DanMaycock.com

Data, Strategy, Leadership, and Innovation

Month: February 2015

Don’t Go on a Date with Data, Marry It

There are a lot of companies out there today sitting on several types of data, with various levels of integration. For most, it’s a process involving multiple individuals to extract, transform, and develop that information into a useful dashboard or decision-support system given the company has legacy infrastructure and several different third party vendor platforms all producing useful information but it’s in own specific format.

The big challenge then, that companies face today, is how to tie all of this information together in a way that provides meaning but more importantly, provide it in a way that can be near real time with the ability to tie different types of data from all over the enterprise together.

Yes, you know how much you lost and earned in a given period of time, but can you determine why with the ability to stitch together different data sources? Can you do your own regression analysis, or perform correlation research to determine what trends might be causing a rise or decline in monthly revenues? Or do you have to hire it out, and wait several weeks, while analysts inside or outside your company work to produce the answer to that one simple question?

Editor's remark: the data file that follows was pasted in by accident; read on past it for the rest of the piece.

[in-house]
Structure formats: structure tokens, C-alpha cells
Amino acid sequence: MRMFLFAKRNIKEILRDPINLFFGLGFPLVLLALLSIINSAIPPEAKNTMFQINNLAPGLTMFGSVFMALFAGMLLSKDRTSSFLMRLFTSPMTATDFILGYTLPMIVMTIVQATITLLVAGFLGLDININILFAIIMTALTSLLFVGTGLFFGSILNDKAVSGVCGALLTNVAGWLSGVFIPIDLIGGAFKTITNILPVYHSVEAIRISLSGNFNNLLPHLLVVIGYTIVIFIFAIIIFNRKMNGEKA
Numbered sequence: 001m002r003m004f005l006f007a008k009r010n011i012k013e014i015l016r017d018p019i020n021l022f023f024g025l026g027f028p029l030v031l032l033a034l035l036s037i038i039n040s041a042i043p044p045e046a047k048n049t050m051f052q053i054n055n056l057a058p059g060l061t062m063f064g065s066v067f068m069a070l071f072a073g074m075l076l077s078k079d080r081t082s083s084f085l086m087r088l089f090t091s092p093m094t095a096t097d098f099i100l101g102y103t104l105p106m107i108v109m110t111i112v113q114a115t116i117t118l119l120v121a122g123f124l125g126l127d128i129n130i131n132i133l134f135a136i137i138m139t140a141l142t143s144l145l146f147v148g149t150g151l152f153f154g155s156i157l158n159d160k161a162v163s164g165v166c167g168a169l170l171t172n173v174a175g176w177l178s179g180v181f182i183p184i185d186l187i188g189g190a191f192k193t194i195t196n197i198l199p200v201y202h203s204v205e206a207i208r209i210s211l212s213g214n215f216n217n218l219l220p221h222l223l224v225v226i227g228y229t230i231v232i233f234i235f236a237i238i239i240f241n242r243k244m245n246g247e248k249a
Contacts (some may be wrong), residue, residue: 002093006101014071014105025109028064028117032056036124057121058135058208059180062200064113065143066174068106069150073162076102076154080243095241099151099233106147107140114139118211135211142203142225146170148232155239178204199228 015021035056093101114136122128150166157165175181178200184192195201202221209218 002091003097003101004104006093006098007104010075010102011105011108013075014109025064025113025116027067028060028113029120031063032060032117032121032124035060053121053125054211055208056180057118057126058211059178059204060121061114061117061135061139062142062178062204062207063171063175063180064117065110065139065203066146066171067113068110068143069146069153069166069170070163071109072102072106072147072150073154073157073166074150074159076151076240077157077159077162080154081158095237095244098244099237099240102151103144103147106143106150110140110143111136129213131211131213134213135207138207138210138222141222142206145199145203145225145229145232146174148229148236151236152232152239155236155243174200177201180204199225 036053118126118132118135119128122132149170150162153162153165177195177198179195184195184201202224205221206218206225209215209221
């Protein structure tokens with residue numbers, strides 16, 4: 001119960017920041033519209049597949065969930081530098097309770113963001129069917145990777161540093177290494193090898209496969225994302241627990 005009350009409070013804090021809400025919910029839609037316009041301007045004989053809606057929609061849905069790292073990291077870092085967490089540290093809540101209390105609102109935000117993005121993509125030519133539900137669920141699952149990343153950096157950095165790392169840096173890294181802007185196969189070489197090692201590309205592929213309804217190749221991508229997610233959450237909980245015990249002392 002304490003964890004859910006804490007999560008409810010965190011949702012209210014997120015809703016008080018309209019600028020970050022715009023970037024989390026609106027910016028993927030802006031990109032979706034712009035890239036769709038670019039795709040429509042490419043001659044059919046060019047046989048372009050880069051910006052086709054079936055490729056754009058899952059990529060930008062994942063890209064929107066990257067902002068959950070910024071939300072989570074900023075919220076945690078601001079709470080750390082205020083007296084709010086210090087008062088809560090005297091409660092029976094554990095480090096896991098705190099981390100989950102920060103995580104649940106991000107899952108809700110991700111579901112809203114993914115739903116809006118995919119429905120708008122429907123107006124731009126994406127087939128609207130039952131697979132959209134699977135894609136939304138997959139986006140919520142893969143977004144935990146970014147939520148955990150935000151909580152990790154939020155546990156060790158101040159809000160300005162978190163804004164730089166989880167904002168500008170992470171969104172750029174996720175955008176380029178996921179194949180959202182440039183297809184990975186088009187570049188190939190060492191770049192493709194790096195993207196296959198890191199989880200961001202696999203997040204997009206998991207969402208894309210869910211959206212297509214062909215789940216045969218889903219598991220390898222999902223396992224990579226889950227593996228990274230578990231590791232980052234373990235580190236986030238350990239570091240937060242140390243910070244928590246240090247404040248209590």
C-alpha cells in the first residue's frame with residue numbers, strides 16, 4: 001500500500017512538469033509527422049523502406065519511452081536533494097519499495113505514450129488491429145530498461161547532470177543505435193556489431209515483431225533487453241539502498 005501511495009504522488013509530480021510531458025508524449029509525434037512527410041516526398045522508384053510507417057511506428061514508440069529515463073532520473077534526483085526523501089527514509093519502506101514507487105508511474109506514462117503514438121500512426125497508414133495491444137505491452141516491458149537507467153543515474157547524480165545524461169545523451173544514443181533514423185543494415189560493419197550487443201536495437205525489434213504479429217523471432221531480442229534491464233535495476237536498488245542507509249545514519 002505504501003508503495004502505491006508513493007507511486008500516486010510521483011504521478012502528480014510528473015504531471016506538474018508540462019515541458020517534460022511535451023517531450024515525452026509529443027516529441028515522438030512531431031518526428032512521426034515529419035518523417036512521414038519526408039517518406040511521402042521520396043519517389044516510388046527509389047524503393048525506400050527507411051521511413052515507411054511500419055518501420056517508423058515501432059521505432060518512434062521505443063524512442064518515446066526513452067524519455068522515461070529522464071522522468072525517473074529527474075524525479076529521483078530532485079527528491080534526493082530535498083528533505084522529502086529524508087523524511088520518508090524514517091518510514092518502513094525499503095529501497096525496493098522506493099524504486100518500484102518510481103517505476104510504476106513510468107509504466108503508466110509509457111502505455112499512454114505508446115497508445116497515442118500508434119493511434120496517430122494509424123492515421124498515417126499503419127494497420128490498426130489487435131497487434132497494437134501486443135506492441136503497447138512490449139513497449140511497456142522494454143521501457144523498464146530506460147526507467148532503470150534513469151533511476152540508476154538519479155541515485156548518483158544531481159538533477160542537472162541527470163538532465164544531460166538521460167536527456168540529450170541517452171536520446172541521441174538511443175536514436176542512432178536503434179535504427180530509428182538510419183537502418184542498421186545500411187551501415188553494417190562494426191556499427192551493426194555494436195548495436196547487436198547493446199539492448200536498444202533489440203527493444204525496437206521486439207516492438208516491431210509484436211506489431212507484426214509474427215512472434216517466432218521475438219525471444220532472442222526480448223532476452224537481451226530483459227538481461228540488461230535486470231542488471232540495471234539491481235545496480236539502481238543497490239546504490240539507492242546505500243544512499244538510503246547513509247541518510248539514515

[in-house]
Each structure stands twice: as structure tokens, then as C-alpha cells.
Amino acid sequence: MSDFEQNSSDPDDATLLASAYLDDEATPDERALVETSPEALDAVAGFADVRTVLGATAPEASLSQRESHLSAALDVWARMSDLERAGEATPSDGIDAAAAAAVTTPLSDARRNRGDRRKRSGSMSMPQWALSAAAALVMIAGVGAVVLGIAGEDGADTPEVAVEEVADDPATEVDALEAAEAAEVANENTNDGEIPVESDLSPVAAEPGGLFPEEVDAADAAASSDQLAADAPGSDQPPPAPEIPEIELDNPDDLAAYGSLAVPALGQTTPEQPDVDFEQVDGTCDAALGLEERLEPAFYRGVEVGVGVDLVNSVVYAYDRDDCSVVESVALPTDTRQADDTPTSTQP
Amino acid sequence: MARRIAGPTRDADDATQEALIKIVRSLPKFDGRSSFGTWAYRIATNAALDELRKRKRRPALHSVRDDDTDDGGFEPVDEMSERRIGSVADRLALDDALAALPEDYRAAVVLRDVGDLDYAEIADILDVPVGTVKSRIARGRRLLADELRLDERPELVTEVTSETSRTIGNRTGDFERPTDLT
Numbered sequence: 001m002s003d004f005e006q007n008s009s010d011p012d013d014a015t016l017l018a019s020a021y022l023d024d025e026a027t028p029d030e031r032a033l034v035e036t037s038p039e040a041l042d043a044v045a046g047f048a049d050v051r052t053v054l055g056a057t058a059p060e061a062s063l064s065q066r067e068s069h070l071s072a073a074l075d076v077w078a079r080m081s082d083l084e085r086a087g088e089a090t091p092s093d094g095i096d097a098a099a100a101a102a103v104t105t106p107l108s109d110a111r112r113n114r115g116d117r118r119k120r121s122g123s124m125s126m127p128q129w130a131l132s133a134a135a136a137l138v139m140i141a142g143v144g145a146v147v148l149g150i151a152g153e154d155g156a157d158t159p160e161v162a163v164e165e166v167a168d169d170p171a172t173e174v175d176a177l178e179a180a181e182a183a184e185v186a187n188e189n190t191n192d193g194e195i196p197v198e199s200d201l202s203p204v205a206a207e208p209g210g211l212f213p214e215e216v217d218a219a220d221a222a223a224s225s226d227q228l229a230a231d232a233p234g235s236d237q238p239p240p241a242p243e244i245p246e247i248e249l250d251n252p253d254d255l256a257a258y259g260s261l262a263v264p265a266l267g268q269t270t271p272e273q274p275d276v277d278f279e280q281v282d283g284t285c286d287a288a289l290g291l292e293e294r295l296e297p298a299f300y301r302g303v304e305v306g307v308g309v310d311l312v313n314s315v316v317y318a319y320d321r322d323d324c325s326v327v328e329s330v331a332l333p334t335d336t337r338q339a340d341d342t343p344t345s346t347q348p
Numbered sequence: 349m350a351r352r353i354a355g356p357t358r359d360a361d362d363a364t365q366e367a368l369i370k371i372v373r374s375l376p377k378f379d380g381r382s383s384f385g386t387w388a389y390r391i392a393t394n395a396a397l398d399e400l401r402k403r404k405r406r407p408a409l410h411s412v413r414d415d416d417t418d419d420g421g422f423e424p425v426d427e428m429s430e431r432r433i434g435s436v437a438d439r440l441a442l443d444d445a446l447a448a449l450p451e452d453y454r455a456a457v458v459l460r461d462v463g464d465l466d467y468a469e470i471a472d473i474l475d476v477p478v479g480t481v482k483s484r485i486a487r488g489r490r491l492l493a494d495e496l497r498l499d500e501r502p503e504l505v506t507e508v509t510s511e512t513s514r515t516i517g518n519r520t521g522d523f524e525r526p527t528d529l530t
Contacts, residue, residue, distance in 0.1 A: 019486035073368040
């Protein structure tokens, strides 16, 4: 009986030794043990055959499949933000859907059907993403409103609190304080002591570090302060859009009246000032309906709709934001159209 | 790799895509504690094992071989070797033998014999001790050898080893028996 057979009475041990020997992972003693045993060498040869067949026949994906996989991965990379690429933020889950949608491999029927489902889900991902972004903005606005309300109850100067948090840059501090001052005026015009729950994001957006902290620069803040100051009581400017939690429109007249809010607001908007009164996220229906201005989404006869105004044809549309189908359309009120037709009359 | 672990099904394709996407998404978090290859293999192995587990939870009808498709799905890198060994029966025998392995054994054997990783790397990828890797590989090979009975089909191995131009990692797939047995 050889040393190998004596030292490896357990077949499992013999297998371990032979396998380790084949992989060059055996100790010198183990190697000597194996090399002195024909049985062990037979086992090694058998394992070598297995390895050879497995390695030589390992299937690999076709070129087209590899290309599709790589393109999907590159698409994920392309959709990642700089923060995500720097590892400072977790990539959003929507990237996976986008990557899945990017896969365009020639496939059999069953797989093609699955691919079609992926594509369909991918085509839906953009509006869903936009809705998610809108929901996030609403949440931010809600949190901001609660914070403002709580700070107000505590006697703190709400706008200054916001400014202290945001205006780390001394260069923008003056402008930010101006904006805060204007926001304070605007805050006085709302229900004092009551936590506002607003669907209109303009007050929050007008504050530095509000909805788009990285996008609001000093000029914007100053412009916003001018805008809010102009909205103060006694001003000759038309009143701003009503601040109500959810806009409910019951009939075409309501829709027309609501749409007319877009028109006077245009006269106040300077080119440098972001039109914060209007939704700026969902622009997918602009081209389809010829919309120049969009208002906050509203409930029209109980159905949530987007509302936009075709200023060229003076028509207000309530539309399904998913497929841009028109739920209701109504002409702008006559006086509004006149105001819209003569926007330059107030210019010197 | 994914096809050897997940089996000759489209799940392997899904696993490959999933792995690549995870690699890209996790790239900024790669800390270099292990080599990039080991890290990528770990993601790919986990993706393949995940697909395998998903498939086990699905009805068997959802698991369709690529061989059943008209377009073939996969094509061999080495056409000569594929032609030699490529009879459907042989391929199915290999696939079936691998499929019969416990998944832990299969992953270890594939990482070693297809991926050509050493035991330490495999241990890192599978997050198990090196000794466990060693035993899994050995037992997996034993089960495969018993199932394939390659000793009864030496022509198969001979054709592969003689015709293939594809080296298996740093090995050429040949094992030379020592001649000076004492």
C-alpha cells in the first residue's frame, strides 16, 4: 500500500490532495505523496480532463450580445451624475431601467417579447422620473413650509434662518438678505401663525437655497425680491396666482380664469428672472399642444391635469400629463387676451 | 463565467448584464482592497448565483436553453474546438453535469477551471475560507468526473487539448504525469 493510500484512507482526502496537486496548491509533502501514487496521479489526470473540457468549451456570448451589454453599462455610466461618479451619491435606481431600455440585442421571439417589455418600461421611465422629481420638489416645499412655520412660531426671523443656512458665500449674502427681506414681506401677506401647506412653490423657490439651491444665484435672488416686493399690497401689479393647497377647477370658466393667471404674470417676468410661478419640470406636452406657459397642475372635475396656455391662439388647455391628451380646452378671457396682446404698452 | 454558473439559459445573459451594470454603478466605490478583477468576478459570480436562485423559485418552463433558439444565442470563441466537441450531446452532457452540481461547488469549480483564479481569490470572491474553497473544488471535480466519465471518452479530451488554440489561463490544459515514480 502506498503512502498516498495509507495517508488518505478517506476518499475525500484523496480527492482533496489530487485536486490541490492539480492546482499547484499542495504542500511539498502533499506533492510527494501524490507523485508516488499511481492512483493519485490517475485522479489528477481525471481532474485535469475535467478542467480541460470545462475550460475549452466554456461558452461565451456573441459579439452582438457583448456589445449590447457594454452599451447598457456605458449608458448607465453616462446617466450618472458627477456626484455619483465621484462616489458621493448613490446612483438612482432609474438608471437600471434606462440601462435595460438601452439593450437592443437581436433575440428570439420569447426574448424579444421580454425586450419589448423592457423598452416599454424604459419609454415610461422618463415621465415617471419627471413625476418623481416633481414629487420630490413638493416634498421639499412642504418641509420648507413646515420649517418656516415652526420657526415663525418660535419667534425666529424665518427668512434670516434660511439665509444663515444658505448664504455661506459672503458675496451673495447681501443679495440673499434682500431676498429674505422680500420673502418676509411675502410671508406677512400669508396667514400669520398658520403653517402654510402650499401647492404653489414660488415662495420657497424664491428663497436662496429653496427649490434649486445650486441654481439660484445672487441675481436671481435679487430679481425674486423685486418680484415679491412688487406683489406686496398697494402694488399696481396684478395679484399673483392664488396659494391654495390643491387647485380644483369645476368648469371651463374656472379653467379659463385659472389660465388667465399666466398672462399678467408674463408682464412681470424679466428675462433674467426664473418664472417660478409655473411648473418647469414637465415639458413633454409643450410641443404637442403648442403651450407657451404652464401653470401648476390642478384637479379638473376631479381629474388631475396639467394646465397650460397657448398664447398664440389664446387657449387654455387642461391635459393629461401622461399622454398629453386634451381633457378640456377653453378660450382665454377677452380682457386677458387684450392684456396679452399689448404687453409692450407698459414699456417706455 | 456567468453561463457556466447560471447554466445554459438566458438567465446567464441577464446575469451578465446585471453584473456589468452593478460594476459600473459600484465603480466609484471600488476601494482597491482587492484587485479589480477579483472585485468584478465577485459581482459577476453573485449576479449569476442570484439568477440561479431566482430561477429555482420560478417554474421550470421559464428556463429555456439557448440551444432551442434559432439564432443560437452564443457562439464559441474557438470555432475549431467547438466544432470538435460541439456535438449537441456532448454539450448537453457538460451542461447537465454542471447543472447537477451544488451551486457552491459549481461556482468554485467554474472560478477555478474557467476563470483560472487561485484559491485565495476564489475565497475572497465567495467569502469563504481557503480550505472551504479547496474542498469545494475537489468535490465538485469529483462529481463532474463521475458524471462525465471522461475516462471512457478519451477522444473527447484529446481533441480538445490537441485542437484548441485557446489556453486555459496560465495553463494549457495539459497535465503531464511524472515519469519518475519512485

There are lots of people willing to charge you for the ability to do this month to month, on an ongoing basis, but if you’re content with having systems kept in disarray while you’re driving up the cost of labor to mine it every time you have a question about your numbers, then you’re simply dating your data.

You’re content leaving data at arm’s length, getting to know it to a point, but you’re not spending the time and effort it takes to really get to know the data inside your company and make the investment to make data a key part of your professional life. Marriage means accepting the ugly truth about someone, and acknowledging to them the same sometimes ugly truths as well, to build a close relationship.